First ever Patient Safety Commissioner appointed


The Health and Social Care Secretary Steve Barclay has appointed Dr Henrietta Hughes OBE as the first ever Patient Safety Commissioner for England. Adding to and enhancing existing work to improve the safety of medicines and medical devices, the appointment of a commissioner is in response to the recommendations from Baroness Cumberlege’s review into patient safety, published in 2020.

Dr Hughes will be an independent point of contact for patients, giving a voice to their concerns to make sure they are heard. She will help the NHS and government better understand what they can do to put patients first, promote their safety, and the importance of their views and other members of the public.

Bringing with her a wealth of experience in patient care as the National Guardian for the NHS, where she encouraged staff to speak up and supported whistle-blowers, Dr Hughes will be a champion for patients. She will continue to practise as a GP and chair of Childhood First, a charity that promotes and furthers the care, treatment and rehabilitation of children and adolescents.

Henrietta Hughes says: “I am humbled and honoured to be appointed as the first Patient Safety Commissioner. This vital role, recommended in First Do No Harm, will make a difference to the safety of patients in relation to medicines and medical devices.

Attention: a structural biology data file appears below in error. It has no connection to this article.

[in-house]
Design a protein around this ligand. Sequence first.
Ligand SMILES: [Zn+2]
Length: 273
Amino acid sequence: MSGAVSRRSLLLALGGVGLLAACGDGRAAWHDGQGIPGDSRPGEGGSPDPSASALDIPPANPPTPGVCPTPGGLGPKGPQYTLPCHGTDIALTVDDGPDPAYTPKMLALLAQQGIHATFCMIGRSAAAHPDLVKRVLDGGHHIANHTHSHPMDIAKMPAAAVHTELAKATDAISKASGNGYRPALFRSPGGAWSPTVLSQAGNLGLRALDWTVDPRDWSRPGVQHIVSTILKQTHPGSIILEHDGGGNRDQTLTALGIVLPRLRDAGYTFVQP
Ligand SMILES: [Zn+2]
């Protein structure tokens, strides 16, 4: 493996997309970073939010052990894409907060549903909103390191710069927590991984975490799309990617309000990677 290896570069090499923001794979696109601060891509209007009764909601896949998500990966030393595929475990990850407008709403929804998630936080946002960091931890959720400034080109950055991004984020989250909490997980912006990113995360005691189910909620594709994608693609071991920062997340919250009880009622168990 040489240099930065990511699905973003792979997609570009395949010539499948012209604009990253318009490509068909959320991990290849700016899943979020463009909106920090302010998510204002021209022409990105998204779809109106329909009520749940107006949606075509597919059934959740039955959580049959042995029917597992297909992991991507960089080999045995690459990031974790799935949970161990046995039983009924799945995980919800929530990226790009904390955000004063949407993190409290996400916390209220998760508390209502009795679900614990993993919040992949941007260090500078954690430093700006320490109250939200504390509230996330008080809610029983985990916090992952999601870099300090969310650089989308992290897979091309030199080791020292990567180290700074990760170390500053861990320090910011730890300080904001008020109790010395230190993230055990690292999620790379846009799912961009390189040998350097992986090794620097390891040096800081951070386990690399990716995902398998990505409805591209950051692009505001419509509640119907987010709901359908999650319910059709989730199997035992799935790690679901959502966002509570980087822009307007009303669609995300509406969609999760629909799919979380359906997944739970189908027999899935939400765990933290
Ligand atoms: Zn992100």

“Patients’ voices need to be at the heart of the design and delivery of healthcare. I would like to pay tribute to the incredible courage, persistence and compassion of all those who gave evidence to the report, their families and everyone who continues to campaign tirelessly for safer treatments.

“I will work collaboratively with patients, the healthcare system and others so that all patients receive the information they need, all patients’ voices are heard and the system responds quickly to keep people safe.”

The First Do No Harm report, led by Baroness Cumberlege and published in 2020, explored issues relating to the use of Primodos, sodium valproate and pelvic mesh, and was commissioned because women did not feel listened to or their concerns acknowledged. It highlighted the need to better protect and listen to patients and recommended the creation of an independent Patient Safety Commissioner. 

This appointment was made following an open competition, in line with the Governance Code for Public Appointments, and following a pre-appointment scrutiny hearing with the Health and Social Care Committee.

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